Home 9 Conditions 9 Hyperhidrosis

What is Hyperhidrosis?

Sweating is the body’s way of cooling down and stopping the body from overheating (thermoregulation). 
Excessive sweating (hyperhidrosis) occurs when sweat production exceeds the body’s need for temperature control. There are two types of hyperhidrosis, primary hyperhidrosis, the most common form that affects about 3% of people and generally starts in young adults or teenagers. Secondary hyphidrosis is less common and often caused by underlying medical or medication issues such as hormonal changes, Parkinson’s Disease and as a side effect of antidepressants or as a side effect of diabetes medication or Hormone Replacement Therapy. 

What are the treatments for hyperhidrosis?

Aurora Dermatology’s signature treatment for hyperhidrosis includes Botox injections performed in our rooms, where both armpits are injected in 10 minutes or less. 

Studies show that this procedure is 87% effective and lasts for up to 6 months. 

The treatment of secondary hyperhidrosis involves identifying and managing the underlying cause.

Treatment options for primary hyperhidrosis will depend on how much sweat is being produced, what areas of the body are affected and how much it is affecting your day-to-day life. 

Very small amounts of botulinum toxin are injected beneath the skin, in a grid pattern with injections about 1-2cm apart. This is performed under anaesthetic in our rooms. 

Other treatments we offer depending on the severity of the condition include

Chloride Hexahydrate 20%

This roll-on/spray-on treatment strategy is a prescription product that is applied directly to sweaty areas and often used for hands, feet and underarms. 

It is a super-powerful antiperspirant and it works by plugging the sweat glands so that they cannot secrete sweat. This may be useful in milder cases of hyperhidrosis.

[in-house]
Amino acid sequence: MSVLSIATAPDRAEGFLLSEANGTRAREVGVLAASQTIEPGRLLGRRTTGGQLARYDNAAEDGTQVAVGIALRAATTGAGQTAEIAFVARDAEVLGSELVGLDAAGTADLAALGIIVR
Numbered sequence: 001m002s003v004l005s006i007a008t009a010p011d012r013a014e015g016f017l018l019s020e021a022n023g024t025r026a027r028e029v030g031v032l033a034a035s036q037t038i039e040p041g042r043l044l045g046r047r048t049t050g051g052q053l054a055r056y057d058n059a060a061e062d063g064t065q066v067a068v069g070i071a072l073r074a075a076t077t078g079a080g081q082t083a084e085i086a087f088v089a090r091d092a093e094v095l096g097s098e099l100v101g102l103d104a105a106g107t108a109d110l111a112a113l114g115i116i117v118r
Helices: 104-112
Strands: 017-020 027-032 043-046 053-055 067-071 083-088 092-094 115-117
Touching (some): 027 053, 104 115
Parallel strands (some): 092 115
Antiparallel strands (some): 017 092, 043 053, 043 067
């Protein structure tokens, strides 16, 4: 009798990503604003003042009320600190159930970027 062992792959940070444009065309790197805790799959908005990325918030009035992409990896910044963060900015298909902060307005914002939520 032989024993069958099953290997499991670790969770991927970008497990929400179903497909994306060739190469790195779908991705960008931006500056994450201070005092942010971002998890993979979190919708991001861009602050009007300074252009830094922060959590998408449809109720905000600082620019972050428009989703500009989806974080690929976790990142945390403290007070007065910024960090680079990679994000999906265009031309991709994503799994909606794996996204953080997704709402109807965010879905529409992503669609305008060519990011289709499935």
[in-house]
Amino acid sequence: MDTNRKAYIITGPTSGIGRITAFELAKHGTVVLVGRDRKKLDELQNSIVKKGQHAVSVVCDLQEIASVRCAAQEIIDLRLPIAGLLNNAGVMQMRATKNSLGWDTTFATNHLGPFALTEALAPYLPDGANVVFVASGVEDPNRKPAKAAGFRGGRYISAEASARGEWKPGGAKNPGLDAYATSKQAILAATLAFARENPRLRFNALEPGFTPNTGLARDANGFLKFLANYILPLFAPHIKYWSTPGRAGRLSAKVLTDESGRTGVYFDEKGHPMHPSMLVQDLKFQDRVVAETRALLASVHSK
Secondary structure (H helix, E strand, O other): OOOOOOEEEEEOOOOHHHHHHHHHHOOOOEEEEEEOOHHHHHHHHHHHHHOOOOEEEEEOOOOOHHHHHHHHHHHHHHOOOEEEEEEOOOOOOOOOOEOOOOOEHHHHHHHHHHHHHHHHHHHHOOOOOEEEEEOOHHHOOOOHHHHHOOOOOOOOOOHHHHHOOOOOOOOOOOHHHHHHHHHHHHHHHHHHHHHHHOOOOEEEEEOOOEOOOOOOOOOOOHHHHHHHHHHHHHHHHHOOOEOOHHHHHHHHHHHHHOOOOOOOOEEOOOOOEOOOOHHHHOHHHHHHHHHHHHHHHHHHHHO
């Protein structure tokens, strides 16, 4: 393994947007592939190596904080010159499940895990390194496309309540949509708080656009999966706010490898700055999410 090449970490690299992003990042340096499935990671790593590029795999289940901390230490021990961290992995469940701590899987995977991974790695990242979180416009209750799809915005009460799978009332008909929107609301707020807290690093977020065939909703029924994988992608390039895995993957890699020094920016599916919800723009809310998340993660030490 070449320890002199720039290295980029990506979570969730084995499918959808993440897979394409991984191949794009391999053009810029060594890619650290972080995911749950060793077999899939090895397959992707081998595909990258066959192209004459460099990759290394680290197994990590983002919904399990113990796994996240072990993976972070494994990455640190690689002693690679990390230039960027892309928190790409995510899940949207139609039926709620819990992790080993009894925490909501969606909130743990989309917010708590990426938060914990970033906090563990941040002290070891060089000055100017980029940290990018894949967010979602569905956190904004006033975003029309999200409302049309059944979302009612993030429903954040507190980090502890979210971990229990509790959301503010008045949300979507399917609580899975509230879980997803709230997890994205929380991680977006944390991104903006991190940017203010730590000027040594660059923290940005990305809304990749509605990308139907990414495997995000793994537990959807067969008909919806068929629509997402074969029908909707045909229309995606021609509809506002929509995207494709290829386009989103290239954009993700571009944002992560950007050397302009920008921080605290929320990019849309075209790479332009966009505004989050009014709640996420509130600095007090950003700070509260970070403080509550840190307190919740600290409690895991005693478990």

Iontophoresis is particularly effective for hands ,feet, and underarms however, special accessories can be used to treat other areas such as the face.

The treatment can be performed at home with the purchase of an iontophoresis machine that uses a water bath and a low-level electric current, to help block sweat glands and reduce sweat production. 

Oral Anticholinergics

These are tablets taken to help switch off the sweat glands that actively produce sweat. Suitable for generalised rather than one area sweating. 

Onabotulinum Toxin A

This is an effective treatment that is most commonly used for the underarms, although it can be used in other areas. Your dermatologist will inject small amounts of botulinum toxin into the skin, which paralyzes the tiny nerves supplying the sweat glands. This stops the sweat glands responding to the signal to generate sweat and can lead to you being sweat free for up to 6-9 months.


Surgical intervention has been largely superseded by other less invasive treatment options. It may be considered in people with very resistant hyperhidrosis and this would be performed in hospital. 

Lifestyle Changes 

This includes mindfulness, mediation, avoiding hot places and hot food, alcohol, hot drinks and hot places. 

Freezing absorbent baby nappies in a ziplock bag is a novel and useful way to treat both hot flushes, fever or hyperhidrosis 

Many patients have extra socks and clothes to change into during the day 

Using an antiperspirant which is stronger than a regular deodorant can reduce sweating.